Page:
"The world of white civilization is intellectually rich because it has amassed a rich tend of general ideas, and has organized these into specialized bodies of knowledge, and has also developed a special technique for the presentation of this knowledge and standpoint to the young members of society, and for localizing their attention in special fields of interest. When for any reason a class of society is excluded from this process, as women have been historically, it must necessarily remain ignorant. But, while no one would make any question that women confined as these in New Ireland and China, as shown above, must have an intelligence as restricted as their mode of life, we are apt to lose sight altogether of the fact that chivalry and chaperonage and modern convention are the persistence of the old race habit of contempt for women, and of their intellectual sequestration. Men and women still form two distinct classes and are not in free communication with each other.
"Women may and do protest against the triviality of their lives, but emotional interests are more immediate than intellectual ones, and human nature does not drift into intellectual pursuit voluntarily, but is forced into it in connection with the urgency of practical activities. The women who are obliged to work are of the poorer classes, and have not that leisure and opportunity preliminary to any specialized acquirement; while those who have leisure are supported in that position both by money and by precedent and habit, and have no immediate stimulation to lift them out of it. . . . The general ill-health of girls of the better classes, and the equally general post-matrimonial breakdown, are probably due largely to the fact that the nervous organization demands more normal stimulations and reactions than are supplied. The American woman of the better classes has superior rights and no duties, and yet she is worrying herself to death—not over specific troubles, but because she has lost her connection with reality. Many women, more intelligent and energetic than their husbands and brothers, have no more serious occupations than to play the house-cat, with or without ornament."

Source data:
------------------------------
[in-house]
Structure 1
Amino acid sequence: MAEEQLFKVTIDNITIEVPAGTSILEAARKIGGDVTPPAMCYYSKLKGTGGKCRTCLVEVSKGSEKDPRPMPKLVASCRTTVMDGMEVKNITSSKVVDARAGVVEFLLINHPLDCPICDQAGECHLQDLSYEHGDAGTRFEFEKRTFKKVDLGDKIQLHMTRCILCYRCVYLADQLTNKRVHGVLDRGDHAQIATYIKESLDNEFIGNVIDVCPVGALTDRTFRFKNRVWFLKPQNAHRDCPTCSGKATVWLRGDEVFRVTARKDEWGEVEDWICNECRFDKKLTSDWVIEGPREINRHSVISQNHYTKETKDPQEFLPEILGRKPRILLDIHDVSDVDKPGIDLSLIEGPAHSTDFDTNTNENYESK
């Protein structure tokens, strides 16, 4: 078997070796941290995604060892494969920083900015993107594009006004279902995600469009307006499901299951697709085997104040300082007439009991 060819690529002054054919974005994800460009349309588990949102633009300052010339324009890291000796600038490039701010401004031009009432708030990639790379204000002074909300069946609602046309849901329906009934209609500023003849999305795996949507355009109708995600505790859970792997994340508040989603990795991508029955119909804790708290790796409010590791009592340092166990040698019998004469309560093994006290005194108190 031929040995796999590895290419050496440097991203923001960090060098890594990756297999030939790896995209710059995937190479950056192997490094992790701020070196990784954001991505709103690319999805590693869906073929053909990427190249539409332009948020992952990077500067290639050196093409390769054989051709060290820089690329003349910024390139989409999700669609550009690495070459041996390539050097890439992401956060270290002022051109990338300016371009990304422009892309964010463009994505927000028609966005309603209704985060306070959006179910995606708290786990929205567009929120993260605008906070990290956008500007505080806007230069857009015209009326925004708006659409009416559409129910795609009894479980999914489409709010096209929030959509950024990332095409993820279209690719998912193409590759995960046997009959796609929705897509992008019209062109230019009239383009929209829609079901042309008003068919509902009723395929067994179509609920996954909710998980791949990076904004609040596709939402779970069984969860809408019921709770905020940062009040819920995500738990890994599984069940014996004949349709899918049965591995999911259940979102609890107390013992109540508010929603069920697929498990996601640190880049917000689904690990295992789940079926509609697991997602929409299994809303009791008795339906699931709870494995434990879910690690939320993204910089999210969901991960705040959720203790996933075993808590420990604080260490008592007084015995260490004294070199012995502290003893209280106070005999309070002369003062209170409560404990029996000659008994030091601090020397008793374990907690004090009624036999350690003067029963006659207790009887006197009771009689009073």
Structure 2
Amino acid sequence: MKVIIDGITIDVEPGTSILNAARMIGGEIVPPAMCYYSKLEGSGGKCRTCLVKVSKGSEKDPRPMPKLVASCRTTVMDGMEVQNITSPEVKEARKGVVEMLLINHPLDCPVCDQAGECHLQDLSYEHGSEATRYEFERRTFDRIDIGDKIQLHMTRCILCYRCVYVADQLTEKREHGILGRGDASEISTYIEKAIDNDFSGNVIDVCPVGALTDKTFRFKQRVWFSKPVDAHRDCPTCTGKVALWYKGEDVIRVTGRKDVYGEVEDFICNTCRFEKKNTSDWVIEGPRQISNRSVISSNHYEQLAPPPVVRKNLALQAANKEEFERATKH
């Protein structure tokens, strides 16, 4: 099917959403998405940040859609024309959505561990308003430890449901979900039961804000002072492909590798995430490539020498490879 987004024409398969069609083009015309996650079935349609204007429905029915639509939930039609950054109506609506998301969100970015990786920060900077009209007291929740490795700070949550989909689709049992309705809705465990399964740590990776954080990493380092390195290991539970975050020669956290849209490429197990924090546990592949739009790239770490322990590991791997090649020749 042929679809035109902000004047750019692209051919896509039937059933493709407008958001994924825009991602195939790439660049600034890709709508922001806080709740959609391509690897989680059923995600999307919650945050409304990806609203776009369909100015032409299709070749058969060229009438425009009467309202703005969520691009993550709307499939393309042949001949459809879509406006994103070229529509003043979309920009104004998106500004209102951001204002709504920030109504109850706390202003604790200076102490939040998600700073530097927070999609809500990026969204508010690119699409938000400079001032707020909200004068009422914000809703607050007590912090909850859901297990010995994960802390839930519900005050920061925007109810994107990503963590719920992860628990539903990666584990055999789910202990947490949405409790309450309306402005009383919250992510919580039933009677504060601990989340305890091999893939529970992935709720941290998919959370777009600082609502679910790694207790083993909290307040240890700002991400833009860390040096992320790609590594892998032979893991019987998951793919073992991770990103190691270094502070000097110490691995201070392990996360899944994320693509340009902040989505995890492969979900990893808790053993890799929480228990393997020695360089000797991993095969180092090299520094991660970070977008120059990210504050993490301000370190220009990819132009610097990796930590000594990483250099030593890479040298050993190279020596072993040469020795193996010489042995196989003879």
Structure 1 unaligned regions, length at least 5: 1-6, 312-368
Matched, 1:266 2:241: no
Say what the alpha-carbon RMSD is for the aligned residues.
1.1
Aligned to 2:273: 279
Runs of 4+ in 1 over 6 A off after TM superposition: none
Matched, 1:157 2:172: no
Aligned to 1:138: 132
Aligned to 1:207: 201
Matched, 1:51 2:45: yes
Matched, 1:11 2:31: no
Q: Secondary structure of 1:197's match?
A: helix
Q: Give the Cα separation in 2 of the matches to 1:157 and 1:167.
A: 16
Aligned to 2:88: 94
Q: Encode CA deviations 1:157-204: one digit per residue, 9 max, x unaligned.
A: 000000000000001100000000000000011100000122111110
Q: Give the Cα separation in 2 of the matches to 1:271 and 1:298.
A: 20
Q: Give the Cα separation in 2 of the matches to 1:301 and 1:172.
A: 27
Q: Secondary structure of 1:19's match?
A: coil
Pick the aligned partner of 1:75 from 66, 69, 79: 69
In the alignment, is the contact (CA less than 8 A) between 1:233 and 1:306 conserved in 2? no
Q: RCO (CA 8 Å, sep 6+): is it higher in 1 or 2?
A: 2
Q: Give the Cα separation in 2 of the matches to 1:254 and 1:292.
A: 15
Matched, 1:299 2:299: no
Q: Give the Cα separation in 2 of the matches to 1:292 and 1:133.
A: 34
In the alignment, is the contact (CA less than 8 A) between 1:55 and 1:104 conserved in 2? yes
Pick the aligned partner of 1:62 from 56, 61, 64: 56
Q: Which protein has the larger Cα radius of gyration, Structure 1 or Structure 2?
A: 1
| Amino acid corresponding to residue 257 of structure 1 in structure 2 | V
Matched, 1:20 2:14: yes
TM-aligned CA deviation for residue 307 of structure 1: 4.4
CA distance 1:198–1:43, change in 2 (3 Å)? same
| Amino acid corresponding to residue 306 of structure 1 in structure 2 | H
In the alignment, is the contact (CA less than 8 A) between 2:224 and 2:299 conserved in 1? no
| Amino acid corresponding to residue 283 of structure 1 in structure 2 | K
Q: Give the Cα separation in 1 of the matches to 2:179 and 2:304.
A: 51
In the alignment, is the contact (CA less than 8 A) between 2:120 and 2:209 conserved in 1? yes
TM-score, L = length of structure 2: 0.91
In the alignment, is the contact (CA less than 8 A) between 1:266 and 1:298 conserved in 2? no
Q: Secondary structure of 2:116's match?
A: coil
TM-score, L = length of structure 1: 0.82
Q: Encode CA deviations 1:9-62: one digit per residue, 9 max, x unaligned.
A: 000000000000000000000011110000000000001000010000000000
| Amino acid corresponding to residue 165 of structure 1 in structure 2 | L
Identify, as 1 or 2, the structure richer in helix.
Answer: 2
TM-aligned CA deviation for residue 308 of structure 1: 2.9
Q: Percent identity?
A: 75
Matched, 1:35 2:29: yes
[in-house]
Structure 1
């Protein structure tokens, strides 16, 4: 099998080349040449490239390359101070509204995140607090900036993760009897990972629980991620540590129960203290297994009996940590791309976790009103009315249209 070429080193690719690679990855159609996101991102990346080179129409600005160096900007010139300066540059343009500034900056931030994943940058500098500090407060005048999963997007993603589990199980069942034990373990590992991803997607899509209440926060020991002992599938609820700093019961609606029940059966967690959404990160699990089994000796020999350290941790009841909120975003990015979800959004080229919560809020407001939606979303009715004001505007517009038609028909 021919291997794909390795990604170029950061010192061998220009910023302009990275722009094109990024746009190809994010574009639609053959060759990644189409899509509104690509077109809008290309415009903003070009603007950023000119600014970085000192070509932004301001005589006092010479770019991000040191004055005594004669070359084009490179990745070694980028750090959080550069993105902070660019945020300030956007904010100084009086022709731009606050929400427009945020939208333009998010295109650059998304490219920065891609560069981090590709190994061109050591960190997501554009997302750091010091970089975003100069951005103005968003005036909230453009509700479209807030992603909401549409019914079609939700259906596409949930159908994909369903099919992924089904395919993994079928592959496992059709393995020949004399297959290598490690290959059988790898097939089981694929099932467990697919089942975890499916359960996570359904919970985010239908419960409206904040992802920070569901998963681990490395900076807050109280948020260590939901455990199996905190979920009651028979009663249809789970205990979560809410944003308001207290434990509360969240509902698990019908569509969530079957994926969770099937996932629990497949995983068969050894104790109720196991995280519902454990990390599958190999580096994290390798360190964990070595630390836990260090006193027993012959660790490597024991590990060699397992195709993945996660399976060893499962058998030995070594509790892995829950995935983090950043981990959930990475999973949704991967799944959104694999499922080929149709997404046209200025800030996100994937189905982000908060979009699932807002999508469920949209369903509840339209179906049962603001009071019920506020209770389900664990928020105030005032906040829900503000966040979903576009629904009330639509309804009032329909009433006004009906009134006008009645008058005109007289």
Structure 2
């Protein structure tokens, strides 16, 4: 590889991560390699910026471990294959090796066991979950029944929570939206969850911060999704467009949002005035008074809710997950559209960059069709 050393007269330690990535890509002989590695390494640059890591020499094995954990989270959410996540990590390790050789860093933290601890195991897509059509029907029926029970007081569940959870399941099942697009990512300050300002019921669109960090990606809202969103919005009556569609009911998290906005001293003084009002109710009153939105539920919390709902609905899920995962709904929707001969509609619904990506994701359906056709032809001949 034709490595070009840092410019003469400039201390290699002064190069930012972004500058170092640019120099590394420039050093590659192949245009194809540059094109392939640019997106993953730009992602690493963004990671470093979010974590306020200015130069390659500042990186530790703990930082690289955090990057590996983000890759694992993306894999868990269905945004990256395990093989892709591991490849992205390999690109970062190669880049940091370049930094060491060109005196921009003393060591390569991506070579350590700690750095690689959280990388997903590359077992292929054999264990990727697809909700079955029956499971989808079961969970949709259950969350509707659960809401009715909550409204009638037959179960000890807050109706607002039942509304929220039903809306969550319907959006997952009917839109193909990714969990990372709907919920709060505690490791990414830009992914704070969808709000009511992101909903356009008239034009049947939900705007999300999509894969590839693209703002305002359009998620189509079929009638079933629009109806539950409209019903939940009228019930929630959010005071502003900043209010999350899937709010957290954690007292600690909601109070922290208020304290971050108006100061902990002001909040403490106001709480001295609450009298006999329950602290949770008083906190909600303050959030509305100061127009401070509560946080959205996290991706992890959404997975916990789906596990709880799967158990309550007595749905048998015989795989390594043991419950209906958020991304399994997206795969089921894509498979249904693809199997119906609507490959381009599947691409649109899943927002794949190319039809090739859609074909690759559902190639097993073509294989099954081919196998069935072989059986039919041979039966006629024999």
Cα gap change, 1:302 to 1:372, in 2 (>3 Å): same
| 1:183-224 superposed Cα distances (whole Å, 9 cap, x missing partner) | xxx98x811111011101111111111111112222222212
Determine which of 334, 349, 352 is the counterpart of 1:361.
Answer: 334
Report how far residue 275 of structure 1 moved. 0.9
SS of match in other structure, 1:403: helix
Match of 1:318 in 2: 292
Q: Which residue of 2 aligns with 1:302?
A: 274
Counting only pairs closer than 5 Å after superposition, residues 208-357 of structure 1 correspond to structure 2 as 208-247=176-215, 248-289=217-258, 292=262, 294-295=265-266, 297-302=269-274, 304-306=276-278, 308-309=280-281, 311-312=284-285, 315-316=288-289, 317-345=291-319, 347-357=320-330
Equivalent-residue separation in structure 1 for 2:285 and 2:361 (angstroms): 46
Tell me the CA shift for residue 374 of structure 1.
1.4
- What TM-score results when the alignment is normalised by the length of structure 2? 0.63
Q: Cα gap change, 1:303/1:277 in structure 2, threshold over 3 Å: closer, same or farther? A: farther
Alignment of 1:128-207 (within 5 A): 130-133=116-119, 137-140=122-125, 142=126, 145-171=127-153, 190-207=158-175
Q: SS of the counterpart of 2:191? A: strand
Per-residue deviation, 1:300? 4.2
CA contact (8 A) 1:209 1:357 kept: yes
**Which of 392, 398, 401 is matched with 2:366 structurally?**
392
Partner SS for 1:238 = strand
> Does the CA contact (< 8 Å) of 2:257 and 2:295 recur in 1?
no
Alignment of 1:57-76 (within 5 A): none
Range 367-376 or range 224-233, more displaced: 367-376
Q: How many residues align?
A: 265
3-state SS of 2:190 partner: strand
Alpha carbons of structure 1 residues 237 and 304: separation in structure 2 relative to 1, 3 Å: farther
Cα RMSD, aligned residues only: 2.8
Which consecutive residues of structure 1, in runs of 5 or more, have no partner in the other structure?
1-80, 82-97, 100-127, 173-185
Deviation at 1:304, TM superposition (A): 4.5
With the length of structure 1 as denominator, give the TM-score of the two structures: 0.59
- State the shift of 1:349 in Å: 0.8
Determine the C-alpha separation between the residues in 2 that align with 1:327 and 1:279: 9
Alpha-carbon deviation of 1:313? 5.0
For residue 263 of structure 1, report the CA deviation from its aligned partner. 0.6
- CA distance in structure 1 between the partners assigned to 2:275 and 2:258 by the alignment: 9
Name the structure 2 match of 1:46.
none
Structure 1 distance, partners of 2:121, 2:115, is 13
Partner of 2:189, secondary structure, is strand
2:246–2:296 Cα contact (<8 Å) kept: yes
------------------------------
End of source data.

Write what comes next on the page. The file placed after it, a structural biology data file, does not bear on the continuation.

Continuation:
Professor Thomas says that "child-bearing is an incident in the life of the normal woman of no more significance than the interruption of the work of men by their indoor and outdoor games." Mrs. Commander has written a book to prove the opposite, that childbearing has become so severe a tax upon women who desire to maintain a high standard of life that race-suicide is inevitable unless there is a radical readjustment of industrial conditions. It is well that the publishers put a question mark after the title on the cover, for the limitation of families cannot be called The American Ιdea , since it has prevailed much longer and more extensively in Europe than in this country. With Mrs. Commander's ideas our readers are somewhat acquainted thru her articles in THE INDEPENDENT. She does not have so much to say about the life of savages as Professor Thomas, but she has inquired persistently and promiscuously into the life of today, particularly into the reasons given by men and women for their disinclination to have large families. She finds that it is among the well-to-do women, who have the most liberty and leisure, who have little housework and no outside employment, that child-bearing is most generally avoided, while laboring women and those in the professions are more willing to have children'' notwithstanding the interference with their work.